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How technology is changing transport in London today

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Car usage in the capital is falling, but what’s replacing it? We run through some of the ways tech is affecting transport in London today.

While Londoners used to be faced with a binary choice between car or public transport, new ways of getting around the capital have been cropping up.

In London, the number of journeys made by cars has fallen 25 percent since 1990. Problems with congestion have caused the number of drivers entering the city centre during rush hour to fall from 137,000 in 2000 to 64,000 in 2014, while the number of cyclists trebled during the same time. The number of young people learning to drive across the UK has also dropped – in 1994, 48 percent of 17 to 20-year-olds had a driving licence, compared to just 31 percent today.

The government is attempting to push down the number of cars in city centres to ease problems like pollution. Inner-city drivers are stung with congestion charges and more and more streets are slated for pedestrianisation, such as the major shopping area Oxford Street.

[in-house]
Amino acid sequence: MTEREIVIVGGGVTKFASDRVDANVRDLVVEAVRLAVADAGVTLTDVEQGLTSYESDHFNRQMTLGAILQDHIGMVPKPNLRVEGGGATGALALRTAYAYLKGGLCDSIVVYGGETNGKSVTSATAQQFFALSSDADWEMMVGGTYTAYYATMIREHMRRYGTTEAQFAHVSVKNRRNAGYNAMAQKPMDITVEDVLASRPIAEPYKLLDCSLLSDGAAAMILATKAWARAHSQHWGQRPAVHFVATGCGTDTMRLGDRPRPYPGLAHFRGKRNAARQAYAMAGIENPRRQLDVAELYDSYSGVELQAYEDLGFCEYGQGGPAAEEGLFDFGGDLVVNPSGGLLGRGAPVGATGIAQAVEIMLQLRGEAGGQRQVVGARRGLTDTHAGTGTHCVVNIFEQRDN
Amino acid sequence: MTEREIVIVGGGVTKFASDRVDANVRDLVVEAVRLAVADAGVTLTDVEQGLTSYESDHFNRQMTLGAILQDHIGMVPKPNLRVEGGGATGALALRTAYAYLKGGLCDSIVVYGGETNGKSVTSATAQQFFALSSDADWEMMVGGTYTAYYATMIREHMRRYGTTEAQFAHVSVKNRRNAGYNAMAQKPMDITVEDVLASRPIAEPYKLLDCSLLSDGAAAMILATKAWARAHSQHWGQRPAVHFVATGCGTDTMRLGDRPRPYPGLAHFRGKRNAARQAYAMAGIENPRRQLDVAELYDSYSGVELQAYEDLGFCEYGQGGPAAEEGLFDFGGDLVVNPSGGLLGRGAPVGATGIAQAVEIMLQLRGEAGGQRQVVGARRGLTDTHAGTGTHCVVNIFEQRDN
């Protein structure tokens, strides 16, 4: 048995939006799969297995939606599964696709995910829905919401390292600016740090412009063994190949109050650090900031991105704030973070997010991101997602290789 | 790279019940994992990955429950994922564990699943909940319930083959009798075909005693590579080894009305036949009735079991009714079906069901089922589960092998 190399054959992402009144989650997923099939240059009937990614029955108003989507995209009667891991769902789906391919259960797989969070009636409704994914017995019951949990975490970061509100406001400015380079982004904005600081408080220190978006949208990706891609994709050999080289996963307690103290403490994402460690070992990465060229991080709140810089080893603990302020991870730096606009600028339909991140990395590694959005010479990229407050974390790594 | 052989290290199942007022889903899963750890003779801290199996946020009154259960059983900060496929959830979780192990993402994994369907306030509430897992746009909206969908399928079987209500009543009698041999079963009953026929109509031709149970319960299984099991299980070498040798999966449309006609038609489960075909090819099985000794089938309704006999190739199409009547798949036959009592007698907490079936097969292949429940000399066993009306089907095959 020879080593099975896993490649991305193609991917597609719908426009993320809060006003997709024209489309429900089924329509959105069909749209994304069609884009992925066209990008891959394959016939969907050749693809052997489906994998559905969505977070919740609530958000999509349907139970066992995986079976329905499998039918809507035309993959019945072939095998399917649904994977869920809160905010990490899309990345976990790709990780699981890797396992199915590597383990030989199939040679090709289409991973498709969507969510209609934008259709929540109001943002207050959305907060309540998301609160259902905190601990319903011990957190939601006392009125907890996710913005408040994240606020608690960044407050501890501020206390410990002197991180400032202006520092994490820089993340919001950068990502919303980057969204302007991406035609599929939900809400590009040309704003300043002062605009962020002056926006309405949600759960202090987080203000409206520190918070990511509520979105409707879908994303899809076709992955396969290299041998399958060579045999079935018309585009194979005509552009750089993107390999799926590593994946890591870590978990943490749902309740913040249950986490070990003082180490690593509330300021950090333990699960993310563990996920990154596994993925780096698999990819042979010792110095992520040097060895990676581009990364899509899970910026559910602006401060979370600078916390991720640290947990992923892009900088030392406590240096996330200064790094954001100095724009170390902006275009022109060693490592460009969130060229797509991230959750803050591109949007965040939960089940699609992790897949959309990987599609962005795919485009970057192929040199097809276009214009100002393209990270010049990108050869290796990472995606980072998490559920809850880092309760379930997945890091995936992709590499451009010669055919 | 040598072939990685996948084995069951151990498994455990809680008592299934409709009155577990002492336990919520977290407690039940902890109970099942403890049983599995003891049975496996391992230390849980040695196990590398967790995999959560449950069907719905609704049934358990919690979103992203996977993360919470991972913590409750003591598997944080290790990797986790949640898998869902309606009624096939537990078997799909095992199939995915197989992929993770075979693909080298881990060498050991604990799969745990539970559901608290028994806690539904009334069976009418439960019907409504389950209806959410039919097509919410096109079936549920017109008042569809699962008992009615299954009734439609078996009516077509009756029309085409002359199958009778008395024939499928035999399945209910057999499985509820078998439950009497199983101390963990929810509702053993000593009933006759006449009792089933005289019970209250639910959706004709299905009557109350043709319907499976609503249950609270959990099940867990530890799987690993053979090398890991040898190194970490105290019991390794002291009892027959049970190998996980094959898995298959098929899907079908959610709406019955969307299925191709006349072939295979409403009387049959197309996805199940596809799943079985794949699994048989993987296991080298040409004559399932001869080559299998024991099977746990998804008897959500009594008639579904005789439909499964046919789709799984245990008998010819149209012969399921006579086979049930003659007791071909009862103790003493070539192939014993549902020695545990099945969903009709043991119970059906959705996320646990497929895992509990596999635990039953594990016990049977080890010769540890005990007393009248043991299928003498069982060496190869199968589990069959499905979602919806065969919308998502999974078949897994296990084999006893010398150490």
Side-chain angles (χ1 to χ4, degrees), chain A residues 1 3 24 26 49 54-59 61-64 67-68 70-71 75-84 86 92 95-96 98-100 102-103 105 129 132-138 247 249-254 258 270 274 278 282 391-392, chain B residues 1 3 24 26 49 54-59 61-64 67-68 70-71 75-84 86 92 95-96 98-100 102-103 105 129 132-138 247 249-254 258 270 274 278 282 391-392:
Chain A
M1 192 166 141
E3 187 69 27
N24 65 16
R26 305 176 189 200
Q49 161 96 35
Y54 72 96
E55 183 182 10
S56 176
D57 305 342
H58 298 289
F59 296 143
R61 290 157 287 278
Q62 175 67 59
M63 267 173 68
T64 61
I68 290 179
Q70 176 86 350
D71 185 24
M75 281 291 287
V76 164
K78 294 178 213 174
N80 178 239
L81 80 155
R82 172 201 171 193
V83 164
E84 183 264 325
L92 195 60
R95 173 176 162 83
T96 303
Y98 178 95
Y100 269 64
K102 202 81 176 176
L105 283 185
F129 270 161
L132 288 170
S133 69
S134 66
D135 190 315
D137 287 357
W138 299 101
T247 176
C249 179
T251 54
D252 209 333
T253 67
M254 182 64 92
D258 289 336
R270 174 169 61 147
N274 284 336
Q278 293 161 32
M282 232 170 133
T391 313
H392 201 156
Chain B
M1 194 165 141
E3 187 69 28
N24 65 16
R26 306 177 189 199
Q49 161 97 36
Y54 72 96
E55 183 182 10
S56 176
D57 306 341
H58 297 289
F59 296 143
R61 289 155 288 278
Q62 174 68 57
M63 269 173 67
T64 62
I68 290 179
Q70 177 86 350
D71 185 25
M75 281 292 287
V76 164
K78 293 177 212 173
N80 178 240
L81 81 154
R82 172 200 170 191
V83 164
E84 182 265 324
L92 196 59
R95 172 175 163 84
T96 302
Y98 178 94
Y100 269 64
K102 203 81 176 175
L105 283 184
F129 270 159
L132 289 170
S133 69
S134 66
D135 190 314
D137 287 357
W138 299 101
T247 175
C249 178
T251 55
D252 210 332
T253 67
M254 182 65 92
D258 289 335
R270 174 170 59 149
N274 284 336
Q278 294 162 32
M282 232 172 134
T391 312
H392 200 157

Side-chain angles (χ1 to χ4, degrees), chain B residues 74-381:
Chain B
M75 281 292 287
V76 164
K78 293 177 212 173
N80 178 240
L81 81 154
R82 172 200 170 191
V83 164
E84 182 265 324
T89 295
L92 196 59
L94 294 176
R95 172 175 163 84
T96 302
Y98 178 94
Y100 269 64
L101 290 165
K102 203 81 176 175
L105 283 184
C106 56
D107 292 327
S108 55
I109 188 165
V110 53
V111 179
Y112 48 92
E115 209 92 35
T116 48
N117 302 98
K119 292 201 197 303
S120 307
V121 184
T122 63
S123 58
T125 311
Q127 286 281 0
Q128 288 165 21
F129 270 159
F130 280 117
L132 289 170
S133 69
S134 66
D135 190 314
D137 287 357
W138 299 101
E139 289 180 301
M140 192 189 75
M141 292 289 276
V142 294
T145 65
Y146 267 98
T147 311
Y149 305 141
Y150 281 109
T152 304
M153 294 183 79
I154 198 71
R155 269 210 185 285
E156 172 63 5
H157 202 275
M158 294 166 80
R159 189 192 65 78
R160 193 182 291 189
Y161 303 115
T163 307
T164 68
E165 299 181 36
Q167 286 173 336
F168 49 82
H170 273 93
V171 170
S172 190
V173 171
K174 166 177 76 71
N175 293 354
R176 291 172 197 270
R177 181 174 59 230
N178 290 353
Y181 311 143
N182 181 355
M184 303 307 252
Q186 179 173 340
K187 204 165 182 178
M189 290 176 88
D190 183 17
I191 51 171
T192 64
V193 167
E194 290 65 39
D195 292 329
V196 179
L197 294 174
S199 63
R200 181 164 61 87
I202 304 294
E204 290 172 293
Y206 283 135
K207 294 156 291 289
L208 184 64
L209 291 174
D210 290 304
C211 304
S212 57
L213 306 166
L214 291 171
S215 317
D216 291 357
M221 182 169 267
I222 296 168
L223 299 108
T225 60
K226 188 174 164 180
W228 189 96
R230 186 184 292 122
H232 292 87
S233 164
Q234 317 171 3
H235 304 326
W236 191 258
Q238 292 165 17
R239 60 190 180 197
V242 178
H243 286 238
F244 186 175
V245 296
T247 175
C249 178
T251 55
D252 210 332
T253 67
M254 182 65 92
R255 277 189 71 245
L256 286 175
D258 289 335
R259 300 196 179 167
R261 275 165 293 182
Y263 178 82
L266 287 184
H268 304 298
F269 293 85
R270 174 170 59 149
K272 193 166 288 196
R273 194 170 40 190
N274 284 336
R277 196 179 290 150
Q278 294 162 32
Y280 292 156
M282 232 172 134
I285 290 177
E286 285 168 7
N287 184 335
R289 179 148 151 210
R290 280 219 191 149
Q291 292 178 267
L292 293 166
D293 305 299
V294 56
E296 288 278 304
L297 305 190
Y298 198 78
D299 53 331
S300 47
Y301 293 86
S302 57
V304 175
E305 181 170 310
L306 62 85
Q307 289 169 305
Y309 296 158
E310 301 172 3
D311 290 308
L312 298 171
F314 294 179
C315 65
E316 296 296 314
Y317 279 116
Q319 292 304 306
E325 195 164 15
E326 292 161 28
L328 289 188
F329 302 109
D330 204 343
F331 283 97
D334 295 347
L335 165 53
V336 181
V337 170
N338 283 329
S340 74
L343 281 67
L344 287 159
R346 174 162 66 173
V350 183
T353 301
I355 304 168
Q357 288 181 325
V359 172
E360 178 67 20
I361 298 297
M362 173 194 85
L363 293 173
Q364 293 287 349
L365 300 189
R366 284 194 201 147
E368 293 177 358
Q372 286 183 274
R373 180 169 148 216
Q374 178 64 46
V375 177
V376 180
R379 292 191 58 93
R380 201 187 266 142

But as car usage declines, which modes of transport are taking its place? We’ve heard plenty about the autonomous cars and flying taxis of the future, but how is technology changing how we travel in the capital today?

Dockless bike-sharing 

The chances are, if you live in London, you’ve seen the distinctive bright yellow or orange and silver frames of Ofo and Mobike cycles dotted around the capital. These dockless bikes – hailing from China – represent the next step in bike sharing. Users can locate the bikes through the app, rent them and park them without the need to search for a docking station, unlike the ubiquitous Santander Cycles (also known as Boris Bikes). A locking mechanism on the back wheel means they can be parked anywhere (although you are advised to do so in a sensible and considerate manner).

This idea has existed since the 1960s, when a similar programme was launched in Amsterdam, but until now there has not been the location tracking and app enabled rental technology to successfully realise the idea.